Tuesday, June 2, 2009

Will the UK courts squash scientific discourse?

This article about Simon Singh's battle with the British Chiropractic Association is frightening.

The consequences of letting the libel law loose on scientific debate are horrendous. Science proceeds by peer review. A researcher's colleagues must submit his or her ideas to scrutiny without fear of the consequences. If they think they could lose their homes and savings in the libel courts, however, they will back off.

For alternative therapists are not the only ones answering their critics with lawyers. NMT, an American health giant, is suing a British doctor for questioning one of its treatments.

Incredibly the BCA has won the first legal round.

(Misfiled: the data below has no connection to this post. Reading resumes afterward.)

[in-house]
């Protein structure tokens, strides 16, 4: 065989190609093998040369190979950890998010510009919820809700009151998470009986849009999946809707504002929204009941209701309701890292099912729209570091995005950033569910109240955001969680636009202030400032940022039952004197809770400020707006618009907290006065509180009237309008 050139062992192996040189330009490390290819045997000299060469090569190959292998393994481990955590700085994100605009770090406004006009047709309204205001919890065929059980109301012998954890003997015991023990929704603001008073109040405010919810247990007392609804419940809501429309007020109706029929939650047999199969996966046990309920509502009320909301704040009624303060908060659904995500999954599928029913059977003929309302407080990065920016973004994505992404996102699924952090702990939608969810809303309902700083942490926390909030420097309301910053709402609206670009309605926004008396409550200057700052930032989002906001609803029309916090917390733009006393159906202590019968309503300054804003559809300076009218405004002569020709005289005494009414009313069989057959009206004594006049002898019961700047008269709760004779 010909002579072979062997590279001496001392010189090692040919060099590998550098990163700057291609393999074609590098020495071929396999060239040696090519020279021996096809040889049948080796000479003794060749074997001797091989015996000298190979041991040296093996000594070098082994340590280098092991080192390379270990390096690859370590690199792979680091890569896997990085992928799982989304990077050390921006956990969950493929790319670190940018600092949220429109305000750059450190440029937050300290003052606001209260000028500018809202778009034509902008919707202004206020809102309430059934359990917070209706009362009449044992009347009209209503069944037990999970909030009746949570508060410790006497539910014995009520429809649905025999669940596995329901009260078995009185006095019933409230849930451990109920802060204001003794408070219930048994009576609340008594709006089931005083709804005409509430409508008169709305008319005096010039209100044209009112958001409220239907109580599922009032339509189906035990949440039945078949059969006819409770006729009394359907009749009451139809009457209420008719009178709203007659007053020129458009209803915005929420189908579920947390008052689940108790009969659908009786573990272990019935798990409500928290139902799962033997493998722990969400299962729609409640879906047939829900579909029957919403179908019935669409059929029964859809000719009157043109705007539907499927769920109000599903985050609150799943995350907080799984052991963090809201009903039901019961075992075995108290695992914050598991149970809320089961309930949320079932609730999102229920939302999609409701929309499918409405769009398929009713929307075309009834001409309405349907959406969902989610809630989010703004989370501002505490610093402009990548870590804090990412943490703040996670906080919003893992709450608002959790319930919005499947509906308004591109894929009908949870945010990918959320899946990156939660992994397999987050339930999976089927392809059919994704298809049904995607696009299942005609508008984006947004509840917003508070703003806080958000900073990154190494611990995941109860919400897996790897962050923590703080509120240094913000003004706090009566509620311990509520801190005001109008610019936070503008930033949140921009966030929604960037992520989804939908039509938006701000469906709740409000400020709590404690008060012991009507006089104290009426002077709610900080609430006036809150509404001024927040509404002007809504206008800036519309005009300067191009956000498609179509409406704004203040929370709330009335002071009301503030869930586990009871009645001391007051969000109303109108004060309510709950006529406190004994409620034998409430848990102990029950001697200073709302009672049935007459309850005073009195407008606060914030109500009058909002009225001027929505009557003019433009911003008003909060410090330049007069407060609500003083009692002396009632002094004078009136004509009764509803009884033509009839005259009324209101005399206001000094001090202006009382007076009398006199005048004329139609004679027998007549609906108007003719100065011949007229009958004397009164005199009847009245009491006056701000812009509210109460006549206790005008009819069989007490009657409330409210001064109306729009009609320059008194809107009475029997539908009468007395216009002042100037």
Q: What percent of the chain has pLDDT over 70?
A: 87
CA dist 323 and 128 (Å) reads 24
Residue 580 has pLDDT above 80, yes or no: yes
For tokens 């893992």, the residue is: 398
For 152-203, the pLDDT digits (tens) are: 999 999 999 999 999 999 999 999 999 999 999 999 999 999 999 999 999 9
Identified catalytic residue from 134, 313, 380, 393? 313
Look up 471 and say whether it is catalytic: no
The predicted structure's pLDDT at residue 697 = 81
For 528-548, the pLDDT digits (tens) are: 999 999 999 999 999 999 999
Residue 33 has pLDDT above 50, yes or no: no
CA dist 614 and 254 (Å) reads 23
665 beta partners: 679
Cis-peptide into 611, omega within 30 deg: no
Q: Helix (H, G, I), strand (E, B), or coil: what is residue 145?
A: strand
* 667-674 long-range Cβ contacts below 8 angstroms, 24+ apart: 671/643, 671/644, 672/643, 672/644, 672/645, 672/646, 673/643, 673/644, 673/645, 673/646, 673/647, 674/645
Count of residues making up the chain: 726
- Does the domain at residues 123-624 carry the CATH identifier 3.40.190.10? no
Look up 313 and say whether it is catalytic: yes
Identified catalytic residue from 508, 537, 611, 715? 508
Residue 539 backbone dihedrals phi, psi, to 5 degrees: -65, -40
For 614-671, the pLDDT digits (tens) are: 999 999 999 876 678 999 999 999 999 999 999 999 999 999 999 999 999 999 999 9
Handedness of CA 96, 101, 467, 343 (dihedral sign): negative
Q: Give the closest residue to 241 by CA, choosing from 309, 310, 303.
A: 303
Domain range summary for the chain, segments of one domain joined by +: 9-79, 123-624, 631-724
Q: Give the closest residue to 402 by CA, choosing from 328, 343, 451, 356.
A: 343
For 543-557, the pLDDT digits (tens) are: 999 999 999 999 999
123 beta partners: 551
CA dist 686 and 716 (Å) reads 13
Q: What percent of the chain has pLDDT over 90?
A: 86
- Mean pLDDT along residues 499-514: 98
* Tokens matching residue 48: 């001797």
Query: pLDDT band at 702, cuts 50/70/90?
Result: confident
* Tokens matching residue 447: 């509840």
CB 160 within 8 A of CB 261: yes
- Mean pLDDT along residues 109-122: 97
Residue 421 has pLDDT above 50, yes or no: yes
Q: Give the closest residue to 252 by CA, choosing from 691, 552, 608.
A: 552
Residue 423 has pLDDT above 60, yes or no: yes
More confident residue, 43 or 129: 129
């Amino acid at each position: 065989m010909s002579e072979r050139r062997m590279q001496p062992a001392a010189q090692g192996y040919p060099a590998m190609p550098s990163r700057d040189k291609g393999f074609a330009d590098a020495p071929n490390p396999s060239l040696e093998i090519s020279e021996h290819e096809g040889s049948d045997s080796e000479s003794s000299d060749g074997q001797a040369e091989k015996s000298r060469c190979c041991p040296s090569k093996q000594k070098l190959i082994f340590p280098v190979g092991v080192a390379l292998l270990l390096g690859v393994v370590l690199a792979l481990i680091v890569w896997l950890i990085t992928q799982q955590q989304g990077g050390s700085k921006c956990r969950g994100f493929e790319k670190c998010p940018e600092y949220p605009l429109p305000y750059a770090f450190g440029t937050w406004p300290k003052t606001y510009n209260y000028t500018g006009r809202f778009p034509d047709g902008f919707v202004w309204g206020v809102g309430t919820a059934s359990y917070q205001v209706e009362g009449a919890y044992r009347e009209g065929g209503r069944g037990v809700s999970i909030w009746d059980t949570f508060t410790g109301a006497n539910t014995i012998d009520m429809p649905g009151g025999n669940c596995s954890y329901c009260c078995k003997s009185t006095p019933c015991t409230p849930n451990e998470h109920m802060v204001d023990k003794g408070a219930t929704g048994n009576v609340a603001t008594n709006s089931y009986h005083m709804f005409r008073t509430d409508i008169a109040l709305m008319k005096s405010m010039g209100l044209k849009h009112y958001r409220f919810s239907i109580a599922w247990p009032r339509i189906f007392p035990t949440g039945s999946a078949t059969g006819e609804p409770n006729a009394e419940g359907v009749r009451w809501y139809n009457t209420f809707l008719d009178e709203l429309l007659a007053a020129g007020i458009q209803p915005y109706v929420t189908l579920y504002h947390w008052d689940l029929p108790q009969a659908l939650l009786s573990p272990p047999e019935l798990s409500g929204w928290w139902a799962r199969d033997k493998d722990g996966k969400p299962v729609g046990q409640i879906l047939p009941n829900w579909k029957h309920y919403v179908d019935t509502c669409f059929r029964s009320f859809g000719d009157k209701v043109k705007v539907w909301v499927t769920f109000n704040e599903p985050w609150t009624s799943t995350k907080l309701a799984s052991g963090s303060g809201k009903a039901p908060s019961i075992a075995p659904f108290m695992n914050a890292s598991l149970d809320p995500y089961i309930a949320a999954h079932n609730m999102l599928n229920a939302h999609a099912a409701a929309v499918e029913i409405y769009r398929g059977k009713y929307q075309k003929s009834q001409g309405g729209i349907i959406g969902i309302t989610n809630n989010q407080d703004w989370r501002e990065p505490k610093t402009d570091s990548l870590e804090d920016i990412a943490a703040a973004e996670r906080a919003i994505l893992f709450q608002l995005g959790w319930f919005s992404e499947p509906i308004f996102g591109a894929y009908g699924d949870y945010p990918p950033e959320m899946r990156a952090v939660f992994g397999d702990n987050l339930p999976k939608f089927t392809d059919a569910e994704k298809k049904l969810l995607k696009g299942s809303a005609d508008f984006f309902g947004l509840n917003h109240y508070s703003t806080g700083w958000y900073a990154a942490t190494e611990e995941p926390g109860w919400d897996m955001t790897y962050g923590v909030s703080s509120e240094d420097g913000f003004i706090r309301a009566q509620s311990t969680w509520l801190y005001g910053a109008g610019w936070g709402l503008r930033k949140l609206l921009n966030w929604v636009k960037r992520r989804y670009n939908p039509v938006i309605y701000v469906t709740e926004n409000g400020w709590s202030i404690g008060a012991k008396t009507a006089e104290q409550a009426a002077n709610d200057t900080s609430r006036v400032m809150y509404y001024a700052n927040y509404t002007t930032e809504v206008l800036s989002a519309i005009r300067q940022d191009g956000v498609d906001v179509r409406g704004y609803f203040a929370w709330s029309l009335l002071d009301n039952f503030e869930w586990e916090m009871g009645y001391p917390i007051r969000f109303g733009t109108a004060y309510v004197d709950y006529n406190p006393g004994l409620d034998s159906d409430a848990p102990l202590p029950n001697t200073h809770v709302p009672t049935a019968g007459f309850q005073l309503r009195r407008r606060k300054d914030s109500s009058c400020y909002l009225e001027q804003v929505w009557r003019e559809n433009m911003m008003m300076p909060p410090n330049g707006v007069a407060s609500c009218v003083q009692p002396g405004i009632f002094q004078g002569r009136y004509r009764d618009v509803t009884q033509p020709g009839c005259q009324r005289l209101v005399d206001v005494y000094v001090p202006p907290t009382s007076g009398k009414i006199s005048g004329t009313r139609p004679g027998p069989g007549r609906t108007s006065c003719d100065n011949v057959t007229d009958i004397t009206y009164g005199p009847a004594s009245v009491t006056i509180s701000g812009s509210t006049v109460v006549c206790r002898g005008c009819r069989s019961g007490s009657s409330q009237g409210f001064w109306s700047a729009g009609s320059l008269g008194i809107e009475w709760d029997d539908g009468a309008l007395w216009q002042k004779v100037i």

The BCA sued for libel. And on May 7th Sir David Eady, a high-court judge, ruled, in a preliminary hearing, that the “natural and ordinary meaning” of the phrase (the relevant legal test) was that the BCA was being consciously dishonest and knowingly promoting quack treatments.
The key to the court case is a claim that chiropractic treatments for problems outside of backpain are bogus that Singh made in Trick or Treatment: The Undeniable Facts about Alternative Medicine, a book he coauthored on alternative medicine.

Advancing medicine and science is impossible if writers have to self-censor themselves when discussing scientific claims.
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